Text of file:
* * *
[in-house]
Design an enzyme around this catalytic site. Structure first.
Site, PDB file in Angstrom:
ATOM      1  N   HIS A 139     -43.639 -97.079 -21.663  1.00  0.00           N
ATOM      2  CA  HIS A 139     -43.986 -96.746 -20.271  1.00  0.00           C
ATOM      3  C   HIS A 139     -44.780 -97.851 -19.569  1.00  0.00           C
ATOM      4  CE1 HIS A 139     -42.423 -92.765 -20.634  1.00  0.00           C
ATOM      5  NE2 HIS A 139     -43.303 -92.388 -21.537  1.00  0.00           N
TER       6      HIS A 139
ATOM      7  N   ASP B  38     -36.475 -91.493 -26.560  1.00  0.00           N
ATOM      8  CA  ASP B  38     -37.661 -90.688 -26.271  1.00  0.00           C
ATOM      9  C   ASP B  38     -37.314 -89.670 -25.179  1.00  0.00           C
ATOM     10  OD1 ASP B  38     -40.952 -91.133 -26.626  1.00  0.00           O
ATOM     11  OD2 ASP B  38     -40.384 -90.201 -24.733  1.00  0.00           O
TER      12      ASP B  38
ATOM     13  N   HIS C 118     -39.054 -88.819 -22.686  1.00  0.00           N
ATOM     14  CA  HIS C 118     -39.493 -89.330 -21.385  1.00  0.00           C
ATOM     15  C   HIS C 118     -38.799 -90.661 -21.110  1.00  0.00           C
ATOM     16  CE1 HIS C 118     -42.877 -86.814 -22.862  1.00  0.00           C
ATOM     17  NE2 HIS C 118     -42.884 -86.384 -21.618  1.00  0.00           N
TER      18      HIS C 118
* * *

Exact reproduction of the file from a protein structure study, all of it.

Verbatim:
[in-house]
Design an enzyme around this catalytic site. Structure first.
Site, PDB file in Angstrom:
ATOM      1  N   HIS A 139     -43.639 -97.079 -21.663  1.00  0.00           N
ATOM      2  CA  HIS A 139     -43.986 -96.746 -20.271  1.00  0.00           C
ATOM      3  C   HIS A 139     -44.780 -97.851 -19.569  1.00  0.00           C
ATOM      4  CE1 HIS A 139     -42.423 -92.765 -20.634  1.00  0.00           C
ATOM      5  NE2 HIS A 139     -43.303 -92.388 -21.537  1.00  0.00           N
TER       6      HIS A 139
ATOM      7  N   ASP B  38     -36.475 -91.493 -26.560  1.00  0.00           N
ATOM      8  CA  ASP B  38     -37.661 -90.688 -26.271  1.00  0.00           C
ATOM      9  C   ASP B  38     -37.314 -89.670 -25.179  1.00  0.00           C
ATOM     10  OD1 ASP B  38     -40.952 -91.133 -26.626  1.00  0.00           O
ATOM     11  OD2 ASP B  38     -40.384 -90.201 -24.733  1.00  0.00           O
TER      12      ASP B  38
ATOM     13  N   HIS C 118     -39.054 -88.819 -22.686  1.00  0.00           N
ATOM     14  CA  HIS C 118     -39.493 -89.330 -21.385  1.00  0.00           C
ATOM     15  C   HIS C 118     -38.799 -90.661 -21.110  1.00  0.00           C
ATOM     16  CE1 HIS C 118     -42.877 -86.814 -22.862  1.00  0.00           C
ATOM     17  NE2 HIS C 118     -42.884 -86.384 -21.618  1.00  0.00           N
TER      18      HIS C 118